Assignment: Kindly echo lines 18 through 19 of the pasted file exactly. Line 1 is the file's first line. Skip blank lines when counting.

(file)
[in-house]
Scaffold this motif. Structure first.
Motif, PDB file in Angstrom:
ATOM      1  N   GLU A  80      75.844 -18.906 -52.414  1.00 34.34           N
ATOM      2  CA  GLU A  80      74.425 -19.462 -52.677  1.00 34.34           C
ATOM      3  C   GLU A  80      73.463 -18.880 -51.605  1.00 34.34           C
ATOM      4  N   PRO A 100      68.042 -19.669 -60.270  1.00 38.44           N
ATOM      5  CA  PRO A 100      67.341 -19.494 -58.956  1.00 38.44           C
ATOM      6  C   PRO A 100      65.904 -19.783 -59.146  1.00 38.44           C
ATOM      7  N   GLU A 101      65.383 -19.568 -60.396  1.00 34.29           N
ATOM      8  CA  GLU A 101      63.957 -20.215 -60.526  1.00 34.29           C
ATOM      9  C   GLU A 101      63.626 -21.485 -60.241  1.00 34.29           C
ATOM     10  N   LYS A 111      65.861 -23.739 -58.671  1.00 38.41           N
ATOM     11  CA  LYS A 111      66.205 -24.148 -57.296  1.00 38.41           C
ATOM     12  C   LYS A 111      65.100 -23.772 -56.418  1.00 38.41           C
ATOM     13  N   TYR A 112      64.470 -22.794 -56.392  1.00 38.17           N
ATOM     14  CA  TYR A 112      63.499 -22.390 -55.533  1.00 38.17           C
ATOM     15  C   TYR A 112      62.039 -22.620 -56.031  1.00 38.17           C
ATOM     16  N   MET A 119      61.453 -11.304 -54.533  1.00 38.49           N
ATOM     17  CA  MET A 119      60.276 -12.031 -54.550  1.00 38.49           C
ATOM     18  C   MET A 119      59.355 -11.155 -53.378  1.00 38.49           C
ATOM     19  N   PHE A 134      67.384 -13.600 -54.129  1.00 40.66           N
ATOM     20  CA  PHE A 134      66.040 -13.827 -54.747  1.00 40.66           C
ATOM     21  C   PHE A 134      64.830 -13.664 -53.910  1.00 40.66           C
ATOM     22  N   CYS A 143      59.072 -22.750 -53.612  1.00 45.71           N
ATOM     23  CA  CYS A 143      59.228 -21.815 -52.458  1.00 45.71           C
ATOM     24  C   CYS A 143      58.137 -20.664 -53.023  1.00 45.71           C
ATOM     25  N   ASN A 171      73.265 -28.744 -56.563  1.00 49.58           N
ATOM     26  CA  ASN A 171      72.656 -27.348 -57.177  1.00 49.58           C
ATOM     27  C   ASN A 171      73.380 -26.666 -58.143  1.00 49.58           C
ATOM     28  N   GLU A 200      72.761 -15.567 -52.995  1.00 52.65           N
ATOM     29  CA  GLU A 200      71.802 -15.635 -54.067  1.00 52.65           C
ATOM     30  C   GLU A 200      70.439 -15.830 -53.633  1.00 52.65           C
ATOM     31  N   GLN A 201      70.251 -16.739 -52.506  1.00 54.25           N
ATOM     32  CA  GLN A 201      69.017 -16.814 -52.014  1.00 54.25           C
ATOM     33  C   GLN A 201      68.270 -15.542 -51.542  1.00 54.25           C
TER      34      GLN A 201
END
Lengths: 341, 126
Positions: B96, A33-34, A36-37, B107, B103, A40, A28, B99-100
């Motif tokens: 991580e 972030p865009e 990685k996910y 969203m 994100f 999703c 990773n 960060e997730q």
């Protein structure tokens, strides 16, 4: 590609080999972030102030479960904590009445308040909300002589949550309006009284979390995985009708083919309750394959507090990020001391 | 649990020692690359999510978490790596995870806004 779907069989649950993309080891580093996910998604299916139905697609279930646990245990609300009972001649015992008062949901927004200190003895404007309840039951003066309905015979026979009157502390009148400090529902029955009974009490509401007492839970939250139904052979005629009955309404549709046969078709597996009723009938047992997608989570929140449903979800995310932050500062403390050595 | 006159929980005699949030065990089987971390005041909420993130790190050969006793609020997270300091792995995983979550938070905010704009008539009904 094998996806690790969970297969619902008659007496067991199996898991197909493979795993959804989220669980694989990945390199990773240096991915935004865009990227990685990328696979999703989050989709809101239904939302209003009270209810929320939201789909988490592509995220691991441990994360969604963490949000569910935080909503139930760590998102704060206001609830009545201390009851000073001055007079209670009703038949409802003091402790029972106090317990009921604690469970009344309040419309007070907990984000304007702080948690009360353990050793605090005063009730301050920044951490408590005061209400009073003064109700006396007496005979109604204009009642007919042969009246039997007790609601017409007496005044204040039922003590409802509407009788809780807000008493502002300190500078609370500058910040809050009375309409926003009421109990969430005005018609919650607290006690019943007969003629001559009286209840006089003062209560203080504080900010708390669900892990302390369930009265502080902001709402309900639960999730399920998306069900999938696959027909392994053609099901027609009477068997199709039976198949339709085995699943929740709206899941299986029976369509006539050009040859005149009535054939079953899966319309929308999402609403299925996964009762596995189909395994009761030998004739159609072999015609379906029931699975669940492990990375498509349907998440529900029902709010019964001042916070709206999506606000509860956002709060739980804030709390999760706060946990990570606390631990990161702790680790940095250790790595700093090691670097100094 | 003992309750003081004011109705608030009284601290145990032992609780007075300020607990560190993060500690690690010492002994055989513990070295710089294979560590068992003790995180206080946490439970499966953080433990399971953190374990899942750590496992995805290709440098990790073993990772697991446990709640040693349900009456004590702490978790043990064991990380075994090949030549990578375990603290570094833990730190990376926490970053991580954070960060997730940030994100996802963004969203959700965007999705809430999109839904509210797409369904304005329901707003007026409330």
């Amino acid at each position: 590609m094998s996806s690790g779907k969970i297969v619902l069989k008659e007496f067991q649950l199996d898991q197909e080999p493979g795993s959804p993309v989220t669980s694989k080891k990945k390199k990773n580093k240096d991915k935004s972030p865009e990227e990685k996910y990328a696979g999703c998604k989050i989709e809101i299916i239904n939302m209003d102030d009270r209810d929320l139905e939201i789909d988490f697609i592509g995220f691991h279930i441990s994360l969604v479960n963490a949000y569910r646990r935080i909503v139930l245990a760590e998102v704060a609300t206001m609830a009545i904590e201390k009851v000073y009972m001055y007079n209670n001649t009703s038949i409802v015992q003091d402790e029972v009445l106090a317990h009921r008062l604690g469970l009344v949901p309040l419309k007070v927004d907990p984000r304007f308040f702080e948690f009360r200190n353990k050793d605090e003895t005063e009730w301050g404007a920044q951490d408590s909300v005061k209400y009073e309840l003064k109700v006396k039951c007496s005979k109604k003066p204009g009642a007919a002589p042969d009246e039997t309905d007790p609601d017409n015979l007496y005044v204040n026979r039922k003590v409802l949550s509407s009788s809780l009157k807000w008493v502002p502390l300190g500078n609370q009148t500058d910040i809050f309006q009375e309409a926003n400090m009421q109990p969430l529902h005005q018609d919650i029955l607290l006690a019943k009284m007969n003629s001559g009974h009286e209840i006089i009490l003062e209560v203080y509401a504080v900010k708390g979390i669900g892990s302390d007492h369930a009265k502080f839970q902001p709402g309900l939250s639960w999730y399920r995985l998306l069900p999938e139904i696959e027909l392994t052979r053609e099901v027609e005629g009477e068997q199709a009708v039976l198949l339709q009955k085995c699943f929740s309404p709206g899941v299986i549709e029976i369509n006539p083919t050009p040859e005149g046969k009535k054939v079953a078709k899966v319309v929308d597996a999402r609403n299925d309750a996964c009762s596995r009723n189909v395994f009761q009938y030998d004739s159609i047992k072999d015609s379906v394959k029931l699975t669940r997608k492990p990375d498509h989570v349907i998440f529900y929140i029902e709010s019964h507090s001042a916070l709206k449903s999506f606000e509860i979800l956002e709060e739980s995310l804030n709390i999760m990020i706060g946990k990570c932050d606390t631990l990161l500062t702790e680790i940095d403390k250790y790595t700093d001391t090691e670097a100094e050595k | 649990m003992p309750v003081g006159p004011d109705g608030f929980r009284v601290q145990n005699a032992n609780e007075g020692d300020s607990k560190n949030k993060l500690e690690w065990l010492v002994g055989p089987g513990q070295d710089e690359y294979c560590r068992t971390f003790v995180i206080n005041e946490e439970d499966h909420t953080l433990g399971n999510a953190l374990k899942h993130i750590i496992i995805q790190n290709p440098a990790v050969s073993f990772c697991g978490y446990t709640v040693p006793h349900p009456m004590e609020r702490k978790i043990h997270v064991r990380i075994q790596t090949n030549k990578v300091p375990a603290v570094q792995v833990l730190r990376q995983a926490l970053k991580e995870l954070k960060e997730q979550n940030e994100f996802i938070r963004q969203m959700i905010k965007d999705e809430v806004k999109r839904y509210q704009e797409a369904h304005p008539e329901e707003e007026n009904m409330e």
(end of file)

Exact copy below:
ATOM     15  C   TYR A 112      62.039 -22.620 -56.031  1.00 38.17           C
ATOM     16  N   MET A 119      61.453 -11.304 -54.533  1.00 38.49           N